One of the best source of information for adaptive gear needed for outdoor careers in natural resources are disabled hunters, outdoor photographers, who have already sought out gear that works. Take advantage of the forums, chat rooms and blogs to post questions. Adaptive gear is hard to find, so share information with others who may be trying to solve specific challenges. Gear that is just a convenience for some people, may be a vital necessity for someone with a disability.

Abledata.com
AbleData provides objective information about assistive technology products and rehabilitation equipment.
 
Agrability.org
Through education and assistance, AgrAbility (a national project) helps to minimize obstacles for workers with disabilities that inhibit success in production agriculture or agriculture-related occupations. There is a very good database of adaptive equipment. There is also some discussion in RESOURCES about alternate financing of adaptive equipment.
 
DisabilityWorkTools.com
Work to your potential despite disabilities, injuries or aging. Find an adaptive tool to make your work easier. This site has a growing list of adaptive gear.
 
LifeessentialsLifts.com
A variety of custom equipment for farmers, ranchers, and outdoorsmen.
 
Adaptive Outdoor Sportman
Adaptive Hunting, Fishing and Camping equipment.
 
HandiHelp.Net
A useful list of adaptive links from a retired educator and outdoorsman. This man also creates all sorts gear which illustrates how you can create what you need to do your particular outdoor job. Take some time to explore the very inspiring web site.
 
Splore.org
Slore isn't a gear company. They are a rafting company that has really used their creativity to repurpose gear to enable disabled folks to enjoy this sport. There may be some idea you can use, too.
 
California Agrability Project
CalAgrAbility's mission is to promote independence in farming and rural living for people with severe injuries and disabilities and illnesses.
 
NY Bow Hunters Adaptive Equipment List
Adaptive equipment for bow hunting can also be used for outdoor occupations.
 
Buckmasters Adaptive Equipment List
Resources for disabled hunters. Gear that is suitable for hunting may make certain types of outdoor careers more do-able, too.
 
TOOLS
The professional tools catalogs used by foresters, wildlife and waterhsed professionals have many items that make outdoor work easier. While not specifically targeting adaptive tools for the disabled, many items would indeed meet the objectives of a disabled worker. Definitely check the online catalogs and get on the mailing lists. See what's available.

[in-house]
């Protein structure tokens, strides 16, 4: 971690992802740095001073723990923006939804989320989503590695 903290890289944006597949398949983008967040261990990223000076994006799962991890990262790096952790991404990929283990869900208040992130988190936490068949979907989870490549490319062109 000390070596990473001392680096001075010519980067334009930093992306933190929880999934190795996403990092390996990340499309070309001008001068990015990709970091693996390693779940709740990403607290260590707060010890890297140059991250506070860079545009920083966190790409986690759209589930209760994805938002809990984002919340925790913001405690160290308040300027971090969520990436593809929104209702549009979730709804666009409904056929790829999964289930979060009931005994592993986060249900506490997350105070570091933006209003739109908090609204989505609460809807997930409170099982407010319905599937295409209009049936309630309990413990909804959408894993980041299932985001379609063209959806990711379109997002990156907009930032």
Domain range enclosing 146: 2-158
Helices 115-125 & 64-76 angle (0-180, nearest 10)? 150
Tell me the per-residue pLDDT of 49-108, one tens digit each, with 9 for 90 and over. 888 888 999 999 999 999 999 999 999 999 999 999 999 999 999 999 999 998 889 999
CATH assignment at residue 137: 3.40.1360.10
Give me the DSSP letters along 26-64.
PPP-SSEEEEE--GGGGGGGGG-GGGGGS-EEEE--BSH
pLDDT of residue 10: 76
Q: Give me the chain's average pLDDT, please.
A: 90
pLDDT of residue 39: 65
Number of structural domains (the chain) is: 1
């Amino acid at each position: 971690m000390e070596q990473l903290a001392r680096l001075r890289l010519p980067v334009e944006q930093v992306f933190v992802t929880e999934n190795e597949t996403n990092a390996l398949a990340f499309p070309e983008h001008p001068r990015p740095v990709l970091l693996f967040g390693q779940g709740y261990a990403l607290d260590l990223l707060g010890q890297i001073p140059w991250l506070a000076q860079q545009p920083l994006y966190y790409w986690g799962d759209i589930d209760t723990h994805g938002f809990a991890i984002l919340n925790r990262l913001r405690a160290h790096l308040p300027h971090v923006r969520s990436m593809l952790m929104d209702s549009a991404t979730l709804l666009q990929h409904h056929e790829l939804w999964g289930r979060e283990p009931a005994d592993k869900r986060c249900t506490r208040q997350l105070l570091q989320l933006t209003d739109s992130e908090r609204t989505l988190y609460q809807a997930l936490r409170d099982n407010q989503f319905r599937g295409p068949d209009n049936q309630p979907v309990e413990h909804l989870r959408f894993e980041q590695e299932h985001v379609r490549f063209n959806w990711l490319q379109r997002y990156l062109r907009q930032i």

ADAPTIVE GEAR FOR CAMPING

If you work in the great outdoors, you may sometimes have to camp out overnight. If you are disabled, this may present some added challenges. Like everything else, success may depend upon excellent pre-planning and obtaining the gear that will actually work for you.

For overnight, some people will be able to use any type of tent. Others, like myself, won't be able to crawl into a mummy bag and then into a tiny tent. Heck, even setting a tent up can be challenging. There are different types of tents. Those that are typically used in car camping tend to be larger and heavier and used in campgrounds. Backpacking tents are light and portable.

There are numerous options in tents - from car camping tents, truck/SUV tents, or even tent-cot combinations. For wheelchair folks, some say the tent cot combinations work very well since you can transfer from chair to cot and back without going all the way to the ground. But the tent-trailer combinations like Jumping Jacks look very interesting for outdoor jobs on remote ranch locations or off logging roads. Do your research. You'll be able to find something that will work for you.

Jumping Jack Jump-Up Tent Trailer
Jumping Jack utility trailer has and dandy idea in a 'jump-up' tent configured so you can also haul ATVs and other gear. It's a pretty versatile system for outdoorsmen. Lots of possible applications, including family disaster preparedness or even a CERT team trailer.
 
OpenRoad Outfitters
This is a specialty outfit for motocycle camp trailers. It's possible that such a the tent trailer dsigned for motorcycles might also work in combination with the bigger all terrain scooters or possibly with an ATV. It's just something to think of in terms of creative adaptive gear. Consider if you can repurpose existing gear to your outdoor needs - ask them about the possibilities.
 
Coleman Instant Tents
For car camping, the Coleman Instant Tents comes in a variety of sizes. It really does set up fast with one or two people and take-down is also simple (see YouYube videos for examples). The new models seem to have changed the door configuration so that's something to check if you need to roll in a wheelchair or walker.
 
OZ Tents
Oz tents were designed for the Australian outback and seem very suitable for wheelchairs. It sets up really easily and may be just what you need. Watch the set-up video.
 
Sportsman's Warehouse Tents
Sportsman's Warehouse has a great selection of tents (as do many online outdoor stores). If you are lucky enough to have a store near you you'll be able to go in and talk over your needs with their staff.
 

 

Walk'n'Chair combination all terrain rolling walker and wheelchair

HAVE NATURAL RESOURCE JOBS? SELL OUTDOOR GEAR?

ADVERTISE YOUR COMPANY TODAY!

  

...Whatever is true, whatever is noble, whatever is pure, whatever is lovely, whatever is admirable -
if anything is excellent or praiseworthy, think about such things...
"   (Philippians 4:8)

Page location: http://www.cyber-sierra.com/   copyright © Cyber-Sierra.Com